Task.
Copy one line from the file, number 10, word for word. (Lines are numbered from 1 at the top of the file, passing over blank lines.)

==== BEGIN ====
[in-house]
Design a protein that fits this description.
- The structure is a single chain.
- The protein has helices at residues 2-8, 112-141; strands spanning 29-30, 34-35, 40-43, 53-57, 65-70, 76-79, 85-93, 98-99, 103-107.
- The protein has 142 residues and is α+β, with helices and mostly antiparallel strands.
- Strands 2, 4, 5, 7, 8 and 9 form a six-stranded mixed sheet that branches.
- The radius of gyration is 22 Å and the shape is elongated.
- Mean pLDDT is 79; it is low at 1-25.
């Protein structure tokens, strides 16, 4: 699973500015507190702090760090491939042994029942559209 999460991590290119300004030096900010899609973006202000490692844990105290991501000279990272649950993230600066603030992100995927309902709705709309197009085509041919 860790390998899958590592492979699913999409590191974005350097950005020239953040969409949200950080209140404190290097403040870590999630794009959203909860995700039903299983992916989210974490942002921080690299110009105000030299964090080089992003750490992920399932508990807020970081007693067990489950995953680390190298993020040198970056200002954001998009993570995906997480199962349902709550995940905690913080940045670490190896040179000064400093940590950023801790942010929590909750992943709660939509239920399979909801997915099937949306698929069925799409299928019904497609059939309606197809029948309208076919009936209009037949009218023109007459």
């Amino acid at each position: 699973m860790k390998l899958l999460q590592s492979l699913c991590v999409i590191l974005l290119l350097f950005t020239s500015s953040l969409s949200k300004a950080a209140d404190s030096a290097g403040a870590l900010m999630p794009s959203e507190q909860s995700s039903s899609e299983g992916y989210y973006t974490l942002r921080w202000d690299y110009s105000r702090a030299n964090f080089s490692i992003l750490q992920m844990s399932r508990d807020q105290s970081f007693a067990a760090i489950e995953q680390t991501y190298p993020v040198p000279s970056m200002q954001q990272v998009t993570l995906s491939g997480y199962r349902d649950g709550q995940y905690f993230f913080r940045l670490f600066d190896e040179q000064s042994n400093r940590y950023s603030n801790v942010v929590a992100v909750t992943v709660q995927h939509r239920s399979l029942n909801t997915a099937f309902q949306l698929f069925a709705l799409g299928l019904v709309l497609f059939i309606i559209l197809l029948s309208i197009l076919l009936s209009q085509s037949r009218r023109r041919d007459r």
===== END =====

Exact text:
């Amino acid at each position: 699973m860790k390998l899958l999460q590592s492979l699913c991590v999409i590191l974005l290119l350097f950005t020239s500015s953040l969409s949200k300004a950080a209140d404190s030096a290097g403040a870590l900010m999630p794009s959203e507190q909860s995700s039903s899609e299983g992916y989210y973006t974490l942002r921080w202000d690299y110009s105000r702090a030299n964090f080089s490692i992003l750490q992920m844990s399932r508990d807020q105290s970081f007693a067990a760090i489950e995953q680390t991501y190298p993020v040198p000279s970056m200002q954001q990272v998009t993570l995906s491939g997480y199962r349902d649950g709550q995940y905690f993230f913080r940045l670490f600066d190896e040179q000064s042994n400093r940590y950023s603030n801790v942010v929590a992100v909750t992943v709660q995927h939509r239920s399979l029942n909801t997915a099937f309902q949306l698929f069925a709705l799409g299928l019904v709309l497609f059939i309606i559209l197809l029948s309208i197009l076919l009936s209009q085509s037949r009218r023109r041919d007459r």